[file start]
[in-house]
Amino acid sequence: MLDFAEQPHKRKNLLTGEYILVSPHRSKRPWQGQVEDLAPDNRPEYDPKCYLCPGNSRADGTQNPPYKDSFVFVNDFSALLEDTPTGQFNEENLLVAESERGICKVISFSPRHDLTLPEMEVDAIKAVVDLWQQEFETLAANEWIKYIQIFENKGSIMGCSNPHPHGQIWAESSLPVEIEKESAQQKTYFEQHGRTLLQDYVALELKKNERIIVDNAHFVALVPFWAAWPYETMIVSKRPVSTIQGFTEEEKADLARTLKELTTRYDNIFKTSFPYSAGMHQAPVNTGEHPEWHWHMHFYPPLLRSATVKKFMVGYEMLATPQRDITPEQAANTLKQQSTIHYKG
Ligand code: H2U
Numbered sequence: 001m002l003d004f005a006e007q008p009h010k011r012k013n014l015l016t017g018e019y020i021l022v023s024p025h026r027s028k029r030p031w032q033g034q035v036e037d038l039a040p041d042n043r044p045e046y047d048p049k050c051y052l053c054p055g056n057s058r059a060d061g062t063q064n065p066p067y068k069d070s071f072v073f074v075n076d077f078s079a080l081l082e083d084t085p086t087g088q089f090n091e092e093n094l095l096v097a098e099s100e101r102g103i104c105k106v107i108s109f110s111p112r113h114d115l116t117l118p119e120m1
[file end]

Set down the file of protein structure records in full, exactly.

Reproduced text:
[in-house]
Amino acid sequence: MLDFAEQPHKRKNLLTGEYILVSPHRSKRPWQGQVEDLAPDNRPEYDPKCYLCPGNSRADGTQNPPYKDSFVFVNDFSALLEDTPTGQFNEENLLVAESERGICKVISFSPRHDLTLPEMEVDAIKAVVDLWQQEFETLAANEWIKYIQIFENKGSIMGCSNPHPHGQIWAESSLPVEIEKESAQQKTYFEQHGRTLLQDYVALELKKNERIIVDNAHFVALVPFWAAWPYETMIVSKRPVSTIQGFTEEEKADLARTLKELTTRYDNIFKTSFPYSAGMHQAPVNTGEHPEWHWHMHFYPPLLRSATVKKFMVGYEMLATPQRDITPEQAANTLKQQSTIHYKG
Ligand code: H2U
Numbered sequence: 001m002l003d004f005a006e007q008p009h010k011r012k013n014l015l016t017g018e019y020i021l022v023s024p025h026r027s028k029r030p031w032q033g034q035v036e037d038l039a040p041d042n043r044p045e046y047d048p049k050c051y052l053c054p055g056n057s058r059a060d061g062t063q064n065p066p067y068k069d070s071f072v073f074v075n076d077f078s079a080l081l082e083d084t085p086t087g088q089f090n091e092e093n094l095l096v097a098e099s100e101r102g103i104c105k106v107i108s109f110s111p112r113h114d115l116t117l118p119e120m1